The legislation of Exodus and Deuteronomy includes the eventuality that the slave refuses to go free when his term of servitude is up, prescribing that his master bore his ear through with an awl and subjugate him in perpetuity (l'olam). Why would the Imperial persecutors have ‘branded the ears’ of Christians? All we have to do is look at the whole passage describing the ‘pseduo-martyrs’ of the Markites in Irenaeus’s Against Heresies one more time.

According to Irenaeus’s account of the wicked ‘magician’ named Mark his followers continue his magical practices long after his disappearance. Indeed it was not Mark per se but his adherents who have:

deceived many silly women, and defiled them” in Lyons. They have moreover proclaiming themselves to be "perfect" so that no one can be compared to them with respect to the immensity of their knowledge, not even the apostles: They assert that they themselves know more than all others, and that they alone have imbibed the greatness of the knowledge of that power which is unspeakable. They also maintain that they have attained to a height above all power, and that therefore they are free in every respect to act as they please, having no one to fear in anything. For they affirm, that because of the "Redemption" (apolytrosis) it has come to pass that they can neither be apprehended, nor even seen by the judge. But even if he should happen to lay hold upon them, then they might simply repeat these words, while standing in his presence along with the "Redemption:" 

What follows is a short prayer said to have been uttered by the Marcites and then the material we started our investigation is referenced – i.e. the prayer acting as a Homeric helmet of invisibility which allows them to escape from the judge. Then finally Irenaeus concludes that in his “own district of the Rhone” these men “have deluded many women, who have their complicity seared with a hot iron.”

If we follow our thesis for a moment that the existing Letter of the Christians from Vienne and Lyons is a reworked attempt to recast the original Marcite martyrs of 177 CE as Catholics, it is interesting to note how the document begins:

The slaves of Christ residing at Vienne and Lyons in Gaul to the brethren throughout Asia and Phrygia, who have the same faith and hope of redemption as ourselves, peace, grace, and glory from God the Father, and from Christ Jesus our Lord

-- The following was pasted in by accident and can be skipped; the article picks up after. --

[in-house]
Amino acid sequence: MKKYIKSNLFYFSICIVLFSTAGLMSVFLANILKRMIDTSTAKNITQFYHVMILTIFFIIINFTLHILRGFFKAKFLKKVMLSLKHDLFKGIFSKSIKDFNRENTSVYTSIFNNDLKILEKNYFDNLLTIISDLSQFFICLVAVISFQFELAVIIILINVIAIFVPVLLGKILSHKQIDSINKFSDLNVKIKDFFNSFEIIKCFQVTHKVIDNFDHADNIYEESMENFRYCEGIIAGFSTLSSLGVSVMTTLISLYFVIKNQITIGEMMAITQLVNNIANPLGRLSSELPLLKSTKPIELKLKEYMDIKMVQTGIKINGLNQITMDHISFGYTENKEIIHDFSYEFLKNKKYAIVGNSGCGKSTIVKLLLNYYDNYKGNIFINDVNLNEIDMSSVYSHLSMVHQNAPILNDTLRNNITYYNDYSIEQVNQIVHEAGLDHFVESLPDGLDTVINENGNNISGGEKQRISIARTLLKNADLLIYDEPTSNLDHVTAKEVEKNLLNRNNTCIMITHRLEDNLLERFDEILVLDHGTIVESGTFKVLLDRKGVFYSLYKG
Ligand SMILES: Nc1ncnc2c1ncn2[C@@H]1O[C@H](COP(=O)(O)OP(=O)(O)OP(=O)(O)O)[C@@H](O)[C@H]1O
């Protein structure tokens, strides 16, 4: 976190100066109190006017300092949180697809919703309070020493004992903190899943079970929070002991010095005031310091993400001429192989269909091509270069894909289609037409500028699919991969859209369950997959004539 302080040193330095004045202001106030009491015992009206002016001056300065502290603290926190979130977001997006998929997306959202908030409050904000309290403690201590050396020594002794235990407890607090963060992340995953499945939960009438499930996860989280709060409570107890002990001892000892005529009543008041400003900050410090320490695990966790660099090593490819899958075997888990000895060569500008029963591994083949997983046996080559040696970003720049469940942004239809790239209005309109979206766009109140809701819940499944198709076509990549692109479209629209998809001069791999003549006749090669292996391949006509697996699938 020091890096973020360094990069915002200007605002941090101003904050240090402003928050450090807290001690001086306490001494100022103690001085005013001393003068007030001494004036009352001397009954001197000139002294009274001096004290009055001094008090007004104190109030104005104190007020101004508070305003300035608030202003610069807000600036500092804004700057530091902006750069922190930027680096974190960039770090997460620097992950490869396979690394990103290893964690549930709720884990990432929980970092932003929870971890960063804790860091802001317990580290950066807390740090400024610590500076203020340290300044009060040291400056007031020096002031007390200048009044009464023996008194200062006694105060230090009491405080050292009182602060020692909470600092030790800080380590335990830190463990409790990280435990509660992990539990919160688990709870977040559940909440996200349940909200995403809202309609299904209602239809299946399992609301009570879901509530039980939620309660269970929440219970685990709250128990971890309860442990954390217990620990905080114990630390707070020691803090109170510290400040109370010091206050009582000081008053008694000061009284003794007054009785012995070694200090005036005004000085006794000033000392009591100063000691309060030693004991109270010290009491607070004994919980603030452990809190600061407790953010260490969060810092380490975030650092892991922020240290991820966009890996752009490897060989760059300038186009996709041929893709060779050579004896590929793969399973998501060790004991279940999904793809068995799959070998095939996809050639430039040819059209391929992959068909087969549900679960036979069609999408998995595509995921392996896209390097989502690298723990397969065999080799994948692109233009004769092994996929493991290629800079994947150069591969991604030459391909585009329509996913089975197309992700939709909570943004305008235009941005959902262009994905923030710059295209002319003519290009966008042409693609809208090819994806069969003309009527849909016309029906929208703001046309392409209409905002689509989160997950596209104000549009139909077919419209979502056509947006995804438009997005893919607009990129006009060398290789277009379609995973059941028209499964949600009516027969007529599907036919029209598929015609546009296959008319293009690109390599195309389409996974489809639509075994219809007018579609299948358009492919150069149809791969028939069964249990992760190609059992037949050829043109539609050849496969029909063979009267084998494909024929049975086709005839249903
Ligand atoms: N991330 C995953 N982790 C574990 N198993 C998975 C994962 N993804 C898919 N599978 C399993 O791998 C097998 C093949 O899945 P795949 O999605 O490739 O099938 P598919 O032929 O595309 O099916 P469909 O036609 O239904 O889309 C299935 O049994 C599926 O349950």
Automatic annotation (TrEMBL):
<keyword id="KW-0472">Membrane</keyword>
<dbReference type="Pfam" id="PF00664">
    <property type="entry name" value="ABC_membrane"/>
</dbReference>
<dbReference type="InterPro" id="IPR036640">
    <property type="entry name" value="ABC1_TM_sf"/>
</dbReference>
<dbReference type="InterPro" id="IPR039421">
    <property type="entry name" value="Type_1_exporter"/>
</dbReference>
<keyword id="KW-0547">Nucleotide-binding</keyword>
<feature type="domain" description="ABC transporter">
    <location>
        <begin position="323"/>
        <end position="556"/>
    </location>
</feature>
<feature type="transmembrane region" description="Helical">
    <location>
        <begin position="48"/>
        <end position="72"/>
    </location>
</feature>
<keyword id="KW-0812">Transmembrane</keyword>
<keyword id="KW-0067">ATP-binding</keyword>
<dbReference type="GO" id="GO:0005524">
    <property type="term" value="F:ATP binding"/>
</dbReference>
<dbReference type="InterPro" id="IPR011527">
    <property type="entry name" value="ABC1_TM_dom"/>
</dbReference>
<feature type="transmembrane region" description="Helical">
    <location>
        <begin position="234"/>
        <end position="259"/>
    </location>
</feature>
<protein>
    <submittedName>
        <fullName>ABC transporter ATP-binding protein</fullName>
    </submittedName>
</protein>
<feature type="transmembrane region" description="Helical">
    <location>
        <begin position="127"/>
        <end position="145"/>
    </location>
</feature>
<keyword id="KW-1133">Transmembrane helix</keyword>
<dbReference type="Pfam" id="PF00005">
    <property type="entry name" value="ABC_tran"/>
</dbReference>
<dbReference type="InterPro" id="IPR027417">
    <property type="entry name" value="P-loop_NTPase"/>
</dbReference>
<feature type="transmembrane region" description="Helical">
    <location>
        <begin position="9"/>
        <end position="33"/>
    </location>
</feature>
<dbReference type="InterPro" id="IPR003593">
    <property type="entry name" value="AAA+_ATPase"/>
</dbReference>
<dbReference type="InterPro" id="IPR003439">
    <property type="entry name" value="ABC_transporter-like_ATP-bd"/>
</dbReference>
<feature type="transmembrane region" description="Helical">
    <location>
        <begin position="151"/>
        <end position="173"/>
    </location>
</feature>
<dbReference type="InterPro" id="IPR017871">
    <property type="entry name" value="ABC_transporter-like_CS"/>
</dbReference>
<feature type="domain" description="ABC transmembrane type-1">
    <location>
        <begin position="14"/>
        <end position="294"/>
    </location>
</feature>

How utterly uncanny that as Irenaeus commences his 'rebaptized' history of the persecutions of 177 CE he starts with the very same themes as he left in his account of the Marcites - slavery and redemption.  Of course now these martyrs are portrayed as 'slaves of Christ' rather than Mark and their redemption is now figurative rather than literal, but is anyone really convinced that some sort of relationship still doesn't exist between these two accounts of events in the very same region at the very same time?

One begins to suspect that the underlying context of the ‘invisibility cap’ reference - i.e. Homeric helmet of invisibility - is a clear understanding that the leading Christians of the Rhone valley were involved in the very serious crime of hiding fugitive slaves. The ‘rich women,’ then according to this understanding, were understood to have been ‘deceived’ by the heretical followers of Mark.  They never intended to get involved in giving aid and abet the harboring of slaves 'misled' about the meaning of Christian‘redemption.’

Once again we stand before the range of meaning and the implication of the term 'redemption.'  As noted earlier it goes back to the idea of ‘re-purchasing’ something – the question at the heart of the lawsuit as we have already seen.  The concept of redemption is at the heart of the Jewish religion.  It comes from the idea of the Jews formerly being slaves.  But whole epochs in history are understood in terms of a similar but ultimately political understanding of 'redemption.'

In this case however we have to suppose that the Imperial authorities caught on to the Marcite tradition being involved in 'stealing' of possessions of another – but now with far greater contemporary political and social implications. Here in our new understanding of the ‘branding in the ear’ reference there is an unmistakable break with the social order which would be sure to lead to the prosecution of Christian believers.  Slavery was an essential component of social order. The Romans lived in perpetual fear of a slave revolt like the one organized by Spartacus.  To this end another clear thing that is echoed in both of Irenaeus's accounts of the persecutions in the Rhone valley - slaves were undoubtedly tortured with hot irons, possibly even in the ear.  Irenaeus also seems to imply in his fragment that the same means were used against their masters.